Nvidia 5000 series GPUs might use multi-chiplet design—and it could help get Nvidia back on the performance track
Nvidia could join AMD and Intel in developing a multi-chiplet architecture for its next generation of GPUs, and could reap major performance gains.
Nvidia is the last of the Big Three chipmakers to still use a single wafer of silicon for the processors of its top graphics cards. So it’s rather surprising that rumors have started circulating that the company is finally moving to multi-plus adaptable solutions. chiplet module (MCM) design with its next-generation Nvidia Blackwell architecture.
The report comes from a well-known hardware leaker @kopite7kimi on X, who said that Nvidia’s commercial-grade GB100 GPU will feature MCM for the first time.
After the GA100 and GH100 dramas, it looks like the GB100 will finally use MCM.September 18, 2023
The Nvidia Blackwell architecture is expected to power both Nvidia’s next-generation commercial GPU products, used by data centers and industrial-scale users, as well as its consumer graphics cards, the Nvidia RTX 5000 series.
Even though both will use the Blackwell architecture, it is currently unclear whether the MCM change will also extend to Nvidia 5000 series graphics cards. If so, however, it could provide the next generation of Nvidia’s graphics cards deliver transformational performance that was often lacking in some of its more recent RTX 4000 cards.
Chipsets of an MCM design, when interconnected into a single processor, promise significantly faster performance compared to a monolithic silicon wafer. As Tom’s material explains that a single silicon chip is limited by the physical dimensions of the equipment used to make it. Currently, the process used by Nvidia can only produce 26mm by 33mm (858mm²) pieces of silicon. at mostand Nvidia’s commercial-grade GPUs already struggle with this maximum size.
And as it has become exponentially more difficult to further reduce the size of a transistor, the electronic switch inside a chip that produces the logic functionality of a computer, the only way to increase the number of transistors in your GPU to increase performance is to enlarge the chip. than the physical manufacturing process allows.
This is where chiplets come in. If you can produce two or more smaller chiplets, but using special links called interconnects to connect them together so that they act as a single unit, you can effectively build a larger chip than the manufacturing process can support. and significantly improve performance. With an MCM design for its GPUs, Nvidia might be able to deliver across its entire portfolio of Nvidia 5000 series cards the kinds of gains that many were hoping to see with the 4000 series, but that Nvidia hasn’t been able to. able to deliver consistently.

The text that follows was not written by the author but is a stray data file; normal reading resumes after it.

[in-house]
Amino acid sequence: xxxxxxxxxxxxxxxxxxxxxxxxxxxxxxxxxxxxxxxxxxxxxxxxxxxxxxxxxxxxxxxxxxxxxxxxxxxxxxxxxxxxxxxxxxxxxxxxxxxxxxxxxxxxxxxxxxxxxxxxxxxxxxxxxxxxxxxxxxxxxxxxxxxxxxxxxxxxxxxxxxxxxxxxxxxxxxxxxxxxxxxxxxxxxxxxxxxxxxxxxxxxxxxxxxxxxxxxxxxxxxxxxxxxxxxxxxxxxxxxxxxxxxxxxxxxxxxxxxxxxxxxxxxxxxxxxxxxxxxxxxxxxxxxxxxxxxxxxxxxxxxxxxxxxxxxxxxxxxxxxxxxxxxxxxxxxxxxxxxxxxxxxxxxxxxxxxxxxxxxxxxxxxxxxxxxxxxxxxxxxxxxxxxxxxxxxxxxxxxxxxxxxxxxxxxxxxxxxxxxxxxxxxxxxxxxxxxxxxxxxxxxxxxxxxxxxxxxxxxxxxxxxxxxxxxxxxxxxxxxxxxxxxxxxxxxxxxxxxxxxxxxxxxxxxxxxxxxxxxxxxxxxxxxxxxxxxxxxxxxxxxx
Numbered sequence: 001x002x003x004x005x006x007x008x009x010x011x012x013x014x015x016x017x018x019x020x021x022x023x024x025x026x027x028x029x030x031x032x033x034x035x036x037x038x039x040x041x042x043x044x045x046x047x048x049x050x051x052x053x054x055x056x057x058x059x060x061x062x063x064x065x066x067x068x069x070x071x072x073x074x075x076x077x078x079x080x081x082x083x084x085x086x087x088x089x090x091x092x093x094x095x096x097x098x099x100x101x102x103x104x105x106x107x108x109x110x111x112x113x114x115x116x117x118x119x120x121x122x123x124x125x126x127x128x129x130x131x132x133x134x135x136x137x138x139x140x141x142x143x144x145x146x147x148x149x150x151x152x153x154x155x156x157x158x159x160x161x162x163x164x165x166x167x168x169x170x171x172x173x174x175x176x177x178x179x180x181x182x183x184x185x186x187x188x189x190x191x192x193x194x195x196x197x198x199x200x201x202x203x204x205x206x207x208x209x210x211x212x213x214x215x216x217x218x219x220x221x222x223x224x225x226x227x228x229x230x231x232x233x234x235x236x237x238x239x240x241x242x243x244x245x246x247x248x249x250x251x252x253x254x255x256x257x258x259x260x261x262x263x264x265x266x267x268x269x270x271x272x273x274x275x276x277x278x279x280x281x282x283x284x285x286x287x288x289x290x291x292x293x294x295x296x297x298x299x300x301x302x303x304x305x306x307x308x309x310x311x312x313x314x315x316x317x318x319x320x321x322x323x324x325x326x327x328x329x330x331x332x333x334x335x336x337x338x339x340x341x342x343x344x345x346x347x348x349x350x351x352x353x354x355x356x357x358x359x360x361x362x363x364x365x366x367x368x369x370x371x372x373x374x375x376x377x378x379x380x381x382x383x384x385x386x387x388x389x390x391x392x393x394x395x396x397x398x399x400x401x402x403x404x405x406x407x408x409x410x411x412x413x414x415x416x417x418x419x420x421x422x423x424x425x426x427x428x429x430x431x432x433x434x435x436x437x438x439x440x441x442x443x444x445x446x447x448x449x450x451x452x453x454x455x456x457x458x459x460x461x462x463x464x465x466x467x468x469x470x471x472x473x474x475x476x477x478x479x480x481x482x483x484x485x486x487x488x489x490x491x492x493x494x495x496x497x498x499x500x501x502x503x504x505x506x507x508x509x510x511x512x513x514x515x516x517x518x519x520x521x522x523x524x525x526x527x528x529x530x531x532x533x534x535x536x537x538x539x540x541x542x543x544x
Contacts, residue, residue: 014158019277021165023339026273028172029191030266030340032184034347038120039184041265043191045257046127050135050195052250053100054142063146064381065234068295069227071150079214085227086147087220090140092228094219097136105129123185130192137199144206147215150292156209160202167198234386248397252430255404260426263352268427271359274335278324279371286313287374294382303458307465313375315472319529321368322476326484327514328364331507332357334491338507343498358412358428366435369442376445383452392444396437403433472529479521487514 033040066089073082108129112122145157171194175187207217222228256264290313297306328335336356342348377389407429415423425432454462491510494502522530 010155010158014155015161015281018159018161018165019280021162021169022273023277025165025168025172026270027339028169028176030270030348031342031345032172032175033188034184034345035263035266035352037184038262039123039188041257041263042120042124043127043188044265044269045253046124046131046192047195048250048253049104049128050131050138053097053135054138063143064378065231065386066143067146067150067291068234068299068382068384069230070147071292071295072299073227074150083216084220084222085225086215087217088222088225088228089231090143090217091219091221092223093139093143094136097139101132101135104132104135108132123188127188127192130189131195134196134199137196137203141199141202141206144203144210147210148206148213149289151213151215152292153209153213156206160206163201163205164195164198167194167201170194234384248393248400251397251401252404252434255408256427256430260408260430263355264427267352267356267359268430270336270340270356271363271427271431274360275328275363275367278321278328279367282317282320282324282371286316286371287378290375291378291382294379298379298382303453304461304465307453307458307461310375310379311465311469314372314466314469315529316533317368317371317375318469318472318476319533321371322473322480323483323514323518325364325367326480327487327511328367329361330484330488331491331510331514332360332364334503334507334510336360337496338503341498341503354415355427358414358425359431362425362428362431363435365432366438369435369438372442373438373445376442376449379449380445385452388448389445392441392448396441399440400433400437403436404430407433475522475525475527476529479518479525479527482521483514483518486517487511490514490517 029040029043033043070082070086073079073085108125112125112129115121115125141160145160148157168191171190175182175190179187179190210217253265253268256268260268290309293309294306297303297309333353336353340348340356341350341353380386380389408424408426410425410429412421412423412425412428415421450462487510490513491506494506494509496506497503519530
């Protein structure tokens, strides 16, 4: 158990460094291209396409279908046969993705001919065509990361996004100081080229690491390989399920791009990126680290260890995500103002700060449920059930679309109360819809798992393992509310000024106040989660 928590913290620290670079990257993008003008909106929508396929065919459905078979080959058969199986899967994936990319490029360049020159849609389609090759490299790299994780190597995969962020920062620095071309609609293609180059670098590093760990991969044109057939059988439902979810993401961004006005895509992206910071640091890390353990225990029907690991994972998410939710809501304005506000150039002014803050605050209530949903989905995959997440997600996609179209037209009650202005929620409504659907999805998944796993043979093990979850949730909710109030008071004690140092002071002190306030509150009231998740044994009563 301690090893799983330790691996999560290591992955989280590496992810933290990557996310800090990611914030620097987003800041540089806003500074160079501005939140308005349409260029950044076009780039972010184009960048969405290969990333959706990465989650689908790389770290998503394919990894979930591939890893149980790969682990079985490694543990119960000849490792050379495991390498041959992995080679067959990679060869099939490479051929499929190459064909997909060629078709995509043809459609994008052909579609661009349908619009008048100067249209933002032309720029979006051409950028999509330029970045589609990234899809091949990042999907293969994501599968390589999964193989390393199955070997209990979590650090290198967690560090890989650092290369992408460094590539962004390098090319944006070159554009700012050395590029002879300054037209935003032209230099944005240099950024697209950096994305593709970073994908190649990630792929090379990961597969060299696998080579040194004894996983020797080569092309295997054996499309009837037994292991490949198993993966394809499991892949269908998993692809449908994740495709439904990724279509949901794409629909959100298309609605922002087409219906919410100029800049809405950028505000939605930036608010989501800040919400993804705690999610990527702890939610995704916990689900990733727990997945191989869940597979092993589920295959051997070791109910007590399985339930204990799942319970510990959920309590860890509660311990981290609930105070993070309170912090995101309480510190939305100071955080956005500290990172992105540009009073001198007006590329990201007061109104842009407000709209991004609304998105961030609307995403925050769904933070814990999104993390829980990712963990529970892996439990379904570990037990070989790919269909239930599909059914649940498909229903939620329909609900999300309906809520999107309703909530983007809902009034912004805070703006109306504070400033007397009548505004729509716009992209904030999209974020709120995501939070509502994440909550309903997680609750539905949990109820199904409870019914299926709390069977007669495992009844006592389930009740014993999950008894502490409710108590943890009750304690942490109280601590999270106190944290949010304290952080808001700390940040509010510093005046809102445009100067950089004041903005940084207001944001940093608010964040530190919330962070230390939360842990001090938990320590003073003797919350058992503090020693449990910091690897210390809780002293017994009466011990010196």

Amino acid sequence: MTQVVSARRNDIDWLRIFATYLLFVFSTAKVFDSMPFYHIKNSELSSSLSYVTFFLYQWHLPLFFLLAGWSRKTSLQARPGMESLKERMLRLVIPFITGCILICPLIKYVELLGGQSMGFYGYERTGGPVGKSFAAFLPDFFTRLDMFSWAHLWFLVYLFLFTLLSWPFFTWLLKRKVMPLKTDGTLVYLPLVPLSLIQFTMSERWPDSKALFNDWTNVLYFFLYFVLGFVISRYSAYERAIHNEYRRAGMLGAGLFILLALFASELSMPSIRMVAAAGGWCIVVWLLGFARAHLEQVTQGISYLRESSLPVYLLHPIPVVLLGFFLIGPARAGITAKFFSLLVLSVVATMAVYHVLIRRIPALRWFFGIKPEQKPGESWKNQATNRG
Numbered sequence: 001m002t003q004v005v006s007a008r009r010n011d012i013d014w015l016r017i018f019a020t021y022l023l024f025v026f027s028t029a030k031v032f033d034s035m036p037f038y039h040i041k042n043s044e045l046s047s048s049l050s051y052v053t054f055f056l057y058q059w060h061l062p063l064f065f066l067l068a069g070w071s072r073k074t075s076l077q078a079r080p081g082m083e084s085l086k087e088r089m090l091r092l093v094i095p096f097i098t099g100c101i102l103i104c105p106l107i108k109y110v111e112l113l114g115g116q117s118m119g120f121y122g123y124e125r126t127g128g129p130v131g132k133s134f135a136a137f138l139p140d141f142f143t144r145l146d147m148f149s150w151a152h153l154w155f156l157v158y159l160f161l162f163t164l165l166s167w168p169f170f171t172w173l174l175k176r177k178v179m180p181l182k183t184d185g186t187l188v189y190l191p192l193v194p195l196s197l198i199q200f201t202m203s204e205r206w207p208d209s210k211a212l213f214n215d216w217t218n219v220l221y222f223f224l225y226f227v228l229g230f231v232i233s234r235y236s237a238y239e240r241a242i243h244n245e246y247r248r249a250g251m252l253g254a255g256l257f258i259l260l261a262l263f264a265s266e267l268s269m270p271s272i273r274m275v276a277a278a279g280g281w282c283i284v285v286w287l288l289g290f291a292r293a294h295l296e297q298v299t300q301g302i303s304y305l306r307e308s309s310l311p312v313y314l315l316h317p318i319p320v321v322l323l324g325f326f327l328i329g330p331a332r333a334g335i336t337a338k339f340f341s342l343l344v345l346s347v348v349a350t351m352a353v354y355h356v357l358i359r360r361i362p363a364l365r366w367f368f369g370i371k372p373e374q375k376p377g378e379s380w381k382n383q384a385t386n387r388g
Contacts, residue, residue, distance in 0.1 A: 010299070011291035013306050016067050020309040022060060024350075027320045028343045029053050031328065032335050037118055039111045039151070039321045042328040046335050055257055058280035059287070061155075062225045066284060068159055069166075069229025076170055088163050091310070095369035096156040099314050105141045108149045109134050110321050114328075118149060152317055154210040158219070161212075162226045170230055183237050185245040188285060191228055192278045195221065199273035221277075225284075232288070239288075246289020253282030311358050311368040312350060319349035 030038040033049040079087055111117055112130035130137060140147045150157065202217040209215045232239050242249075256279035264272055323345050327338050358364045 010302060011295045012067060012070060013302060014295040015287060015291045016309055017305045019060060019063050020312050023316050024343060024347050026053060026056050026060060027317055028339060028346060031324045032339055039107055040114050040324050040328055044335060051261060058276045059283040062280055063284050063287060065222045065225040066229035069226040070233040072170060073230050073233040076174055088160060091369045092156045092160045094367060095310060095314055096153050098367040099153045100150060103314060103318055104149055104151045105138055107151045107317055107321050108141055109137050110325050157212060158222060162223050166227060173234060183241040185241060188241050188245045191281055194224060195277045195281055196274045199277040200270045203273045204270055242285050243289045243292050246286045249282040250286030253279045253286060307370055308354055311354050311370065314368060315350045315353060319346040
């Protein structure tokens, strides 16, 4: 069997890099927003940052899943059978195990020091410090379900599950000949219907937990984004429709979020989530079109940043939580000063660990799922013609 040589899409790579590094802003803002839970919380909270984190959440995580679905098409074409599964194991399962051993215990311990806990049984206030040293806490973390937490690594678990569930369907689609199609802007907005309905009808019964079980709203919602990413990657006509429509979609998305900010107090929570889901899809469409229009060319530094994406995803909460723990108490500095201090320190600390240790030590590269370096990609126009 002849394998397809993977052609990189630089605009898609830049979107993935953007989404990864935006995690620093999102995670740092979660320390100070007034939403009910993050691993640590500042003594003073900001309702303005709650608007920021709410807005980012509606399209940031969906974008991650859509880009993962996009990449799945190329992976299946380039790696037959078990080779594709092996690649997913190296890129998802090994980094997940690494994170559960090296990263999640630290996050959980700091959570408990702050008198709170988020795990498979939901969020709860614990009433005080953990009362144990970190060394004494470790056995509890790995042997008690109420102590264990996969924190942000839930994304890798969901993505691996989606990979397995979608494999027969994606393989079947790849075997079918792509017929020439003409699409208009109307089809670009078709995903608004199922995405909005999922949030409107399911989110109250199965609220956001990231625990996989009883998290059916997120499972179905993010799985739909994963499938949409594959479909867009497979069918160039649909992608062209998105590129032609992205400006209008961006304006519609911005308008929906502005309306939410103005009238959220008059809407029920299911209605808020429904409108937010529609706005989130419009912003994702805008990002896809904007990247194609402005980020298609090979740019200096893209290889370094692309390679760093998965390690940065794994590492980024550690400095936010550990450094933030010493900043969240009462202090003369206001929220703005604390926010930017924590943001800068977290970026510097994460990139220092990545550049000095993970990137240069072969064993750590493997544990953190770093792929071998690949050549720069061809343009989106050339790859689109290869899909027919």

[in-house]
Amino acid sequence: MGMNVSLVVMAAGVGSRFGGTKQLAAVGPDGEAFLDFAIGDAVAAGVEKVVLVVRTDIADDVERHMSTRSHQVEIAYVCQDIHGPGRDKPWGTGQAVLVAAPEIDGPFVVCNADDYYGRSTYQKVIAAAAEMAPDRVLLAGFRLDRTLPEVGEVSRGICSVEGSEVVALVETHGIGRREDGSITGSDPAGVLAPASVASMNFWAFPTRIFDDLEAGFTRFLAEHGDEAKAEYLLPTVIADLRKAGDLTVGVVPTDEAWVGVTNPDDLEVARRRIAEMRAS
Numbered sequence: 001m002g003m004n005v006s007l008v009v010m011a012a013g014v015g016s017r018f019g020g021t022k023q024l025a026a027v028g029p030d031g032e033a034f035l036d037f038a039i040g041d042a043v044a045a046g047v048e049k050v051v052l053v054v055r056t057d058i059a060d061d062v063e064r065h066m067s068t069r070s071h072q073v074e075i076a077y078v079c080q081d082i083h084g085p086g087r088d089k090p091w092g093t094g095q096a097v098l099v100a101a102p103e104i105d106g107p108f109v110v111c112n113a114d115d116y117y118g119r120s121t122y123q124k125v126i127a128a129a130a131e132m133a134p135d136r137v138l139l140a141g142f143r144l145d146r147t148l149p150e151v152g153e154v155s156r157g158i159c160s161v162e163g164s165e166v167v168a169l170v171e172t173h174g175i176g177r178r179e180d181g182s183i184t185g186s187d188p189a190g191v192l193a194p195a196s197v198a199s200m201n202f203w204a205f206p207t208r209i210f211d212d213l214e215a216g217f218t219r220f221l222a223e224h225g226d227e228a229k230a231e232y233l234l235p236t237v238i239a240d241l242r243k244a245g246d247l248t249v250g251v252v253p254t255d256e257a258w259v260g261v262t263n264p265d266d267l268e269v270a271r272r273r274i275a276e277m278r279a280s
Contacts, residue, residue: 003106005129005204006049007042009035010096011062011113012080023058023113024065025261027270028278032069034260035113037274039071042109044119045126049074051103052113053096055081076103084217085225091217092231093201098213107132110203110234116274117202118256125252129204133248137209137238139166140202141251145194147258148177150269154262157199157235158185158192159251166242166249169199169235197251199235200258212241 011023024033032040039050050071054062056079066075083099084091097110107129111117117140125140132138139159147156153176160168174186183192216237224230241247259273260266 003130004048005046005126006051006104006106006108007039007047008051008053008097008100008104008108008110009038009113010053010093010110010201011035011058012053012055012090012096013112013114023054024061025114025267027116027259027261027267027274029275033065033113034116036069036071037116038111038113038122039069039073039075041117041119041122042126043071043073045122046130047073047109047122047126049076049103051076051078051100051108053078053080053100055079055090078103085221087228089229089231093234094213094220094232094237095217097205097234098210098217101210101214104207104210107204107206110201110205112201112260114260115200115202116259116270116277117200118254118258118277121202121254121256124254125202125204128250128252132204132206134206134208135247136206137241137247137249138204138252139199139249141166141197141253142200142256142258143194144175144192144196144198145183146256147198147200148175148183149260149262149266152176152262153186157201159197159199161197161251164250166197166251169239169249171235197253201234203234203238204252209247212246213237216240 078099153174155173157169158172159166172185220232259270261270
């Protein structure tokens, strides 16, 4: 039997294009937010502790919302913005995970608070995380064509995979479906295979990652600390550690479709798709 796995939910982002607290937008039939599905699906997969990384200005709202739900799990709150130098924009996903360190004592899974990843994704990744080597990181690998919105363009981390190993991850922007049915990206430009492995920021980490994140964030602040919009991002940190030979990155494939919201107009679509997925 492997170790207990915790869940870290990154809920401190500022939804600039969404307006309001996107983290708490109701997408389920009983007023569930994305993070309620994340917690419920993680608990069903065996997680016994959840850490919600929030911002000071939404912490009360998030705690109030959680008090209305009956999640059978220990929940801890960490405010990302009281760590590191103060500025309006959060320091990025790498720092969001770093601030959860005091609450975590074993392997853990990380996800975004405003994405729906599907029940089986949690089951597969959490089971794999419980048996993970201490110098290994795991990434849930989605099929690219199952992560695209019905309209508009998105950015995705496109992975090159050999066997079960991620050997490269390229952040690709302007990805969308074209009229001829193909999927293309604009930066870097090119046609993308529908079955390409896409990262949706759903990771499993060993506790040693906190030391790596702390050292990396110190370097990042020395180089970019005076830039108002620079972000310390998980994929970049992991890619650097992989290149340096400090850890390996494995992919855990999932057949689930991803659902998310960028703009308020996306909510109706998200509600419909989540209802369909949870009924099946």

Obviously this is still very speculative and based on rumors, but there’s a reason why AMD and Intel have both opted for MCM in their GPUs and CPUs, and Nvidia would be very smart to follow suit, or else risk losing themselves. let yourself be left behind.
Switch to MCM, Nvidia, it’s the only way to go
The problem that chipmakers have faced for years is the end of Moore’s Law, Intel co-founder Gordon Moore’s famous prediction that the density of transistors on a chip would double roughly every two years.
This has been the case for 50 years, but because we now measure the size of transistors relative to the diameter of individual atoms in silicon, cutting the size of a transistor in half is simply no longer possible.
But consumers and industry have gotten used to faster computers every couple of years, and no one really wants to hear that the party’s over. If you’re a chipmaker looking to keep selling more processors, you need to find another way to get the performance gains the market expects, Moore’s Law be damned.
The answer to this question is to use multiple chips in conjunction with each other to achieve these performance goals. We’ve been doing this for over a decade, as Nvidia knows well.
There was a time when there was no such thing as a GPU, there was only the main CPU which was supposed to handle the graphics along with all the other operations.
However, as graphics became more advanced, the CPU was so heavily stressed that something had to be done before the calculation of 3D scenes consumed 99.9% of the CPU clock cycles or the CPU limits itself does not stop the progress of the infographic.
The solution was to shift all but the most basic graphics processing work to a second processor, the GPU, which was designed specifically for the task and has continued to power the modern era of computer graphics. Nvidia knows this because it created the world’s first GPU, the Nvidia GeForce 256, in 1999.
Then we’ve come full circle, and the GPUs are so overwhelmed by the workloads assigned to them that they can’t keep up and we can’t squeeze more performance out of the same size silicon. It’s then time to split geometry, rasterization, ray tracing, machine learning, and other GPU workloads into different mini-processors that can be specifically designed to perform these tasks faster and more efficiently than we do. are currently doing so.
Nvidia’s main competitor, AMD, is already doing this and has had very positive results so far. And while early attempts at pioneering MCM engineering may not be the revolution that the first GPU was when it arrived over 20 years ago, future attempts will take us to where we want – and Nvidia needs – to be, so Nvidia probably should. get to work on that.